This can easily be demonstrated by visiting a local store which sells crystal chandeliers and looking at the different type of light and sparkle created by the presence of larger and smaller facets and paying particular attention to how the size and shape of the facets seem to change and additional facets seem to appear and disappear as an individual crystal is tilted back and forth.
For the purpose of this article I evaluated three princess cut diamonds and they were represented in the images provided above in the following order from left to right:
Brian Gavin Princess Cut Diamond weighing 1.050 carats, G color, VVS-2 clarity with negligible fluorescence selling for $8,267.00 with a slight discount available for payment via cash / wire transfer*
Brian Gavin Princess Cut Diamond weighing 1.058 carats, G color, VVS-1 clarity with negligible fluorescence selling for $8,335.00 with a slight discount available for payment via cash / wire transfer*
Crafted by Infinity Princess Cut Diamond weighing 1.095 carats, G color, VVS-1 clarity with negligible fluorescence as represented by High Performance Diamonds which is an authorized dealer for Crafted by Infinity which does not sell diamonds directly to consumers. This diamond is selling for $8,956.00 with a slight discount available for payment via cash / wire transfer*
Now when I start looking at princess cut diamonds on behalf of my clients, the first thing that I do is look at the facet structure as represented on the plotting diagram of the lab report because it provides me with some insight as to the type of light return that the diamond is going to exhibit.
The next thing which I do is look at the outside diameter for each diamond to determine how square or rectangular the diamond is going to be because “princess cut diamonds” are produced both square and rectangular and most often somewhere in between (which I find to be less desirable) and honestly I prefer them to be more square. In this particular instance, the three diamonds measure as follows: 5.52 x 5.54 x 4.13 mm | 5.47 x 5.46 x 4.11 mm | 5.59 x 5.60 x 4.34 mm, respectively. So they are all pretty much as perfect a square princess cut diamond as you’re going to find. If we’re going to split hairs, the 1.05 carat princess cut diamond from Brian Gavin is just a smidge less square than the other two options, but it is highly doubtful that you or I would ever be able to distinguish the difference using just our eyes.
If you follow the links provided for each diamond above and open the file for the lab report issued by the AGS Laboratory, you will be able to compare the proportions of each diamond. When I did so I noticed that the total depth measurements are all within the same region [74.6% | 75.3% | 77.7% respectively] however the table diameter measurements are dramatically different [63.4% | 62.8% | 58.5% respectively] between the princess cut diamonds designed by Brian Gavin and the one Crafted by Infinity, this is another distinct difference between the princess cut production of the two diamond cutters… and it is a direct result of the personal preference for each cutter in terms of how they design a princess cut diamond because the size of the table facet on a diamond is directly influenced by the crown angle of the diamond which represents different ranges for each cutter, specifically the crown angle measurements for the princess cut diamonds produced by Brian Gavin in this instance are 41.1 degrees and 40.5 degrees respectively and is 33.5 degrees for the princess cut diamond Crafted by Infinity.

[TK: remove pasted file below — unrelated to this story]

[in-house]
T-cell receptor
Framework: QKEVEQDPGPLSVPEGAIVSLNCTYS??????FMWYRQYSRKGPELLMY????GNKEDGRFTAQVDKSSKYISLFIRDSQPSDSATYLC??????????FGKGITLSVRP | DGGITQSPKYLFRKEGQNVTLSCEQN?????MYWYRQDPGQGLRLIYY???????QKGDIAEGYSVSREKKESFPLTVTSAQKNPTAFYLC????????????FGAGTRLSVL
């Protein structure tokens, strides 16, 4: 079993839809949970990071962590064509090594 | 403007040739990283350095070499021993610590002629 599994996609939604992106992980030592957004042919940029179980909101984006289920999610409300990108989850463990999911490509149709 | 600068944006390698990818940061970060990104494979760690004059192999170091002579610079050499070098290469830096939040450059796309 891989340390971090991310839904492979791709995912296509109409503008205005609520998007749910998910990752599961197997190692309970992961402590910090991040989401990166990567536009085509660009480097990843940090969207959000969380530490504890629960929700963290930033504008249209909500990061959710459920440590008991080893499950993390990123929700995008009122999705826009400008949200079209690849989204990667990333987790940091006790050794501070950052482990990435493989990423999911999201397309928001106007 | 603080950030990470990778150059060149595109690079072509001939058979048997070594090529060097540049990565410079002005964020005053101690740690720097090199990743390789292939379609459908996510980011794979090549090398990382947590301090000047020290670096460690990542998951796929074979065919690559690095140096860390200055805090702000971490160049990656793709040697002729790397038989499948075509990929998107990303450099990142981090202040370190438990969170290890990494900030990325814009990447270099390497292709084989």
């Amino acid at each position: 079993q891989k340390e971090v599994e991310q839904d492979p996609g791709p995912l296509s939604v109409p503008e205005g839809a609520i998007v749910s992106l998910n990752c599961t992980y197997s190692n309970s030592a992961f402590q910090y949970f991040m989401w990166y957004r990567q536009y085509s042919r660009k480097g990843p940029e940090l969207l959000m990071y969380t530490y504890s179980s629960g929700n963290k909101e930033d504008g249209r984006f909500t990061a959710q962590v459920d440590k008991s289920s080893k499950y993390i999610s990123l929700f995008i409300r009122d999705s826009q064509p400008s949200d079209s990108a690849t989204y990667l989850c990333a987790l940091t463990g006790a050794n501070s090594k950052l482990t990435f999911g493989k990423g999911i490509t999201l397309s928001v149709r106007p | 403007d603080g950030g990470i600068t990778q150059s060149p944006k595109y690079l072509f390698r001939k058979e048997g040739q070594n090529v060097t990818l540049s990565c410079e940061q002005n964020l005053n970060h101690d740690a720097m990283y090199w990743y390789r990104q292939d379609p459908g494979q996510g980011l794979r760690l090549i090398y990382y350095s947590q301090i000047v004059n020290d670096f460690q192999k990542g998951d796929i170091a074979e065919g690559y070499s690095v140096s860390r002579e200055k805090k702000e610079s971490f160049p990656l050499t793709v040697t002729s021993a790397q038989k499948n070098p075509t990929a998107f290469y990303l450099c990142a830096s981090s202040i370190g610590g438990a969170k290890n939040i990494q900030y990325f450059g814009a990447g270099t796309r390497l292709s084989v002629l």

The pavilion angle measurements for each diamond are relatively within the same range however, specifically 39.6 degrees and 39.1 degrees and 41.9 degrees respectively. To be able to appreciate the potential differences between the diamonds, we need to stop and consider that while the pavilion angle dictates the amount of light return that will be reflected back up towards the viewer because it is the primary reflective surface which directs light upwards in a specific direction, the crown angle dictates the type of light return. Combine this concept with the concept of virtual facets and how the different facet structure designs can affect the way a princess cut diamond looks and how light moves through each diamond and you have a bit to think about.
However it should be considered that all of this does not need to be confusing or overwhelming because both Brian Gavin Diamonds and High Performance Diamonds offer excellent inspection periods and return policies… so theoretically you could order diamonds from both online diamond vendors and compare diamonds from each vendor side-by-side with zero risk. You could even arrange to have the diamonds shipped to an independent Graduate Gemologist or Certified Gemologist Appraiser and pay for them to provide you with an in-depth analysis of two or more diamonds… but the truth be told, I’ve seen many of the princess cut diamonds produced by Brian Gavin Diamonds and Crafted by Infinity and I would not hesitate to go with either vendor because both produce a fabulous princess cut diamond, which is not something which I can say for most of the other diamond cutters who seem to produce princess cut diamonds for maximum retention of diamond crystal (weight) and not visual performance and who don’t seem to take the presence of virtual facets into account.
You could get all caught up in the concept of whether you prefer broader flashes of light or pinpoint type sparkle because I’ve introduced these concepts to you, however I did so in an attempt to demonstrate that a difference in facet structure exists between princess cut diamonds whereas the facet structure of round brilliant cut diamonds tends to remain consistent in terms of standard round brilliant cut diamonds… however the reality is that your ability to distinguish between broad flashes of light and pinpoint flashes of light will change dramatically over time and one is not preferable to another.
What is important to realize is that if I were selecting a princess cut diamond for myself, that I would only consider one from either Brian Gavin Diamonds or Crafted by Infinity because I prefer diamonds with exceptional diamond cut quality and visual performance and both cutters produce exceptional princess cut diamonds to this regard. Of course feel free to contact me if you’d like assistance selecting a princess cut diamond because they can be a little tricky to figure out as you’ve no doubt figured out by now…